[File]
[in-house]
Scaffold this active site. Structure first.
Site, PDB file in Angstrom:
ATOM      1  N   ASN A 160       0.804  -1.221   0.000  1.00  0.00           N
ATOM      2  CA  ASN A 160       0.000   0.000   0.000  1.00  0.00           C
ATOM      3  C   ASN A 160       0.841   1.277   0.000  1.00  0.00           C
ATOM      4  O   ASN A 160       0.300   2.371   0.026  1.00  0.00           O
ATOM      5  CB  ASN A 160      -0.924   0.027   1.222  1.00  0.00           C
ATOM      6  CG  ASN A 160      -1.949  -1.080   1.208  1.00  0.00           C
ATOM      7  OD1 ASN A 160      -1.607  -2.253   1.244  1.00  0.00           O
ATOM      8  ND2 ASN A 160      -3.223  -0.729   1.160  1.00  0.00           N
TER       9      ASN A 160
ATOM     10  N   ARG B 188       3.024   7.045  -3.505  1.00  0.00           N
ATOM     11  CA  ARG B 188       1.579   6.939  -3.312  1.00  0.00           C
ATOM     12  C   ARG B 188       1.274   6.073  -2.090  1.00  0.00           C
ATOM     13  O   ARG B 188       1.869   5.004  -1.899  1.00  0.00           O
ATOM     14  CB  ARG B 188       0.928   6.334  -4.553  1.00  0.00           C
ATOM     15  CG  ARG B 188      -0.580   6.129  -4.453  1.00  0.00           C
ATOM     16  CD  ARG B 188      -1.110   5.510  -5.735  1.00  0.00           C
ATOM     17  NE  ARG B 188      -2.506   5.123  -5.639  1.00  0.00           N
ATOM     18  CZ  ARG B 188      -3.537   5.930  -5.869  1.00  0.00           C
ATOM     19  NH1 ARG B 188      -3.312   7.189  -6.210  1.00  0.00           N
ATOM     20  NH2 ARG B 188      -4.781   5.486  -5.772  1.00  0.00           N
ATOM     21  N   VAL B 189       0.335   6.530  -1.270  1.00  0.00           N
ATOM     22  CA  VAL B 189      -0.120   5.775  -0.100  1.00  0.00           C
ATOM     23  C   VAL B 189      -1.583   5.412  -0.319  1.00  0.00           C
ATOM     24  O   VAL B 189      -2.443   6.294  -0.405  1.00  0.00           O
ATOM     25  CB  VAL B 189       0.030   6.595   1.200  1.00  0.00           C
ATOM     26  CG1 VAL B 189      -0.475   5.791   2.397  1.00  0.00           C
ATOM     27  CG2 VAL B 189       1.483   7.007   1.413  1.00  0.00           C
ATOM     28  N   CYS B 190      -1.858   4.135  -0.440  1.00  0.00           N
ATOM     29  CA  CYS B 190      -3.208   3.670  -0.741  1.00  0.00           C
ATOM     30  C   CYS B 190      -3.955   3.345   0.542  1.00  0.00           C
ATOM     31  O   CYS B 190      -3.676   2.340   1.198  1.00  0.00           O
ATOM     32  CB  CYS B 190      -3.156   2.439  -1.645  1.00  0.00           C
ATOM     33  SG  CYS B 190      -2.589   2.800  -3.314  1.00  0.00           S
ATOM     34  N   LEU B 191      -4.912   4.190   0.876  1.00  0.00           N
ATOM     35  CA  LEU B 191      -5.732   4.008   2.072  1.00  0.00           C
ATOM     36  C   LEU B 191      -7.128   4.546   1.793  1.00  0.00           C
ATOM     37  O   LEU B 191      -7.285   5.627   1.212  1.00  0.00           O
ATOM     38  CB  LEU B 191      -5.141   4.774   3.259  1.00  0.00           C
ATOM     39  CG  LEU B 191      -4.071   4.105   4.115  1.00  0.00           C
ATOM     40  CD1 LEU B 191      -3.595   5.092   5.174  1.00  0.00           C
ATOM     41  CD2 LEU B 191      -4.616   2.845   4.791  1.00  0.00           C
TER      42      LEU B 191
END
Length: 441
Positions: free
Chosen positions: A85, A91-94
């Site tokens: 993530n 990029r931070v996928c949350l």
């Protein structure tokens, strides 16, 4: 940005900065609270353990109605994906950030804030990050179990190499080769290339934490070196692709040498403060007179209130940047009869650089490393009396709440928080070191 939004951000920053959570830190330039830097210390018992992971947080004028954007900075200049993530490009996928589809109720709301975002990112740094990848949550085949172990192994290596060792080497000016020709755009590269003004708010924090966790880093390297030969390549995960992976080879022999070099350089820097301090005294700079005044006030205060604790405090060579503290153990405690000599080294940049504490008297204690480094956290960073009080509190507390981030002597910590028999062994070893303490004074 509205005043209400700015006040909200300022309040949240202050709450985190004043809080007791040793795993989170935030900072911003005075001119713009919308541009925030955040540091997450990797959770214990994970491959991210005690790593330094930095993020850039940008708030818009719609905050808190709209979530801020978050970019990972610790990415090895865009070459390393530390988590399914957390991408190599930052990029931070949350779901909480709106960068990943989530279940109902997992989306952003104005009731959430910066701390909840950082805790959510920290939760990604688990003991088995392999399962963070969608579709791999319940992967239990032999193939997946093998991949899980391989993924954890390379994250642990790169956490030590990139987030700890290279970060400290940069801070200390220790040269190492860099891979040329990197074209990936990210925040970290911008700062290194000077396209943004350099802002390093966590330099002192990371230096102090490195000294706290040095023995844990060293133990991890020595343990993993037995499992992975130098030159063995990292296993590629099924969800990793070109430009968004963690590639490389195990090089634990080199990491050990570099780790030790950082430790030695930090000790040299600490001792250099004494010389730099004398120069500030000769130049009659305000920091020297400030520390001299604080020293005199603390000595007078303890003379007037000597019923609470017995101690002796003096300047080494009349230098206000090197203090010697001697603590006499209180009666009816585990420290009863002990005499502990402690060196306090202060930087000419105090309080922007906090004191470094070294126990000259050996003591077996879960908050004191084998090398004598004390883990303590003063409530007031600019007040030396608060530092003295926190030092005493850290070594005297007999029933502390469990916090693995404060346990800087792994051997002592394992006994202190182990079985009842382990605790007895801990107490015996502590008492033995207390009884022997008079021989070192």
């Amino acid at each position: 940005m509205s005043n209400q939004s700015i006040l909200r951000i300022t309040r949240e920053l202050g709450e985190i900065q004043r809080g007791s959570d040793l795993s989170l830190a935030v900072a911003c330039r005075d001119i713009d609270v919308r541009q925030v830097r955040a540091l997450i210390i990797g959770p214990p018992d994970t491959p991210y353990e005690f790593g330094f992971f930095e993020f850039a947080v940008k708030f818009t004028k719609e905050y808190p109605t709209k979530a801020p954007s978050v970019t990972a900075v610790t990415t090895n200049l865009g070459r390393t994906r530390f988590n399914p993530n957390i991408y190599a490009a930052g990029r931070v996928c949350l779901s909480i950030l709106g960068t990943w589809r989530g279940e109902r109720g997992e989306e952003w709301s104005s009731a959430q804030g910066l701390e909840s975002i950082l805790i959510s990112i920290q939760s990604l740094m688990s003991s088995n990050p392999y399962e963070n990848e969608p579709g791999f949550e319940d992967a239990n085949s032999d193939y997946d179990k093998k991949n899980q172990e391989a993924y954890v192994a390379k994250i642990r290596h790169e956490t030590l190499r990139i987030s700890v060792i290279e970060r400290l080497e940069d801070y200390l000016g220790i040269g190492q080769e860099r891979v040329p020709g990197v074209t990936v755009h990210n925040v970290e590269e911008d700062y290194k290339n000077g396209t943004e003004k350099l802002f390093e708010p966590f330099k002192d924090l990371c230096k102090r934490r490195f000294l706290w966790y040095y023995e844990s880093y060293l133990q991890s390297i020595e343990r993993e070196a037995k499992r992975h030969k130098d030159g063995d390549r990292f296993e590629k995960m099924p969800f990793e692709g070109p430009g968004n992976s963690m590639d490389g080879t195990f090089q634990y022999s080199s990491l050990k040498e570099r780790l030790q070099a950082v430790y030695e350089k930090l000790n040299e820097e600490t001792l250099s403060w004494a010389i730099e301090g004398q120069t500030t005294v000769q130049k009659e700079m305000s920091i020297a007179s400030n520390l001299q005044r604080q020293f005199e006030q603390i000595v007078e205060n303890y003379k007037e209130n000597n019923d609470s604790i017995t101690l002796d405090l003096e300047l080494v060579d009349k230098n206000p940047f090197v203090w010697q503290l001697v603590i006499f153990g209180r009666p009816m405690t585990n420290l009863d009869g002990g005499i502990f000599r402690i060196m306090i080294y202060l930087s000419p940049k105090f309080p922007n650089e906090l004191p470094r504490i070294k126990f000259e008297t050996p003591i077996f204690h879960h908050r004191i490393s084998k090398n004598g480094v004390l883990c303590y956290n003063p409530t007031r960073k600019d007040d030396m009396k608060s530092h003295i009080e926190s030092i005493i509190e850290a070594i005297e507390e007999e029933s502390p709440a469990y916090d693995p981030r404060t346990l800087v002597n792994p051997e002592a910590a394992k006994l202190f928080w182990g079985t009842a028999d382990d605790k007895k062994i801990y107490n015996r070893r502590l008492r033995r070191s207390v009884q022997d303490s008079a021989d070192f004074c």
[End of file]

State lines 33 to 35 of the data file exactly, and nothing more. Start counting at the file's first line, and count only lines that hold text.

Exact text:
ATOM     30  C   CYS B 190      -3.955   3.345   0.542  1.00  0.00           C
ATOM     31  O   CYS B 190      -3.676   2.340   1.198  1.00  0.00           O
ATOM     32  CB  CYS B 190      -3.156   2.439  -1.645  1.00  0.00           C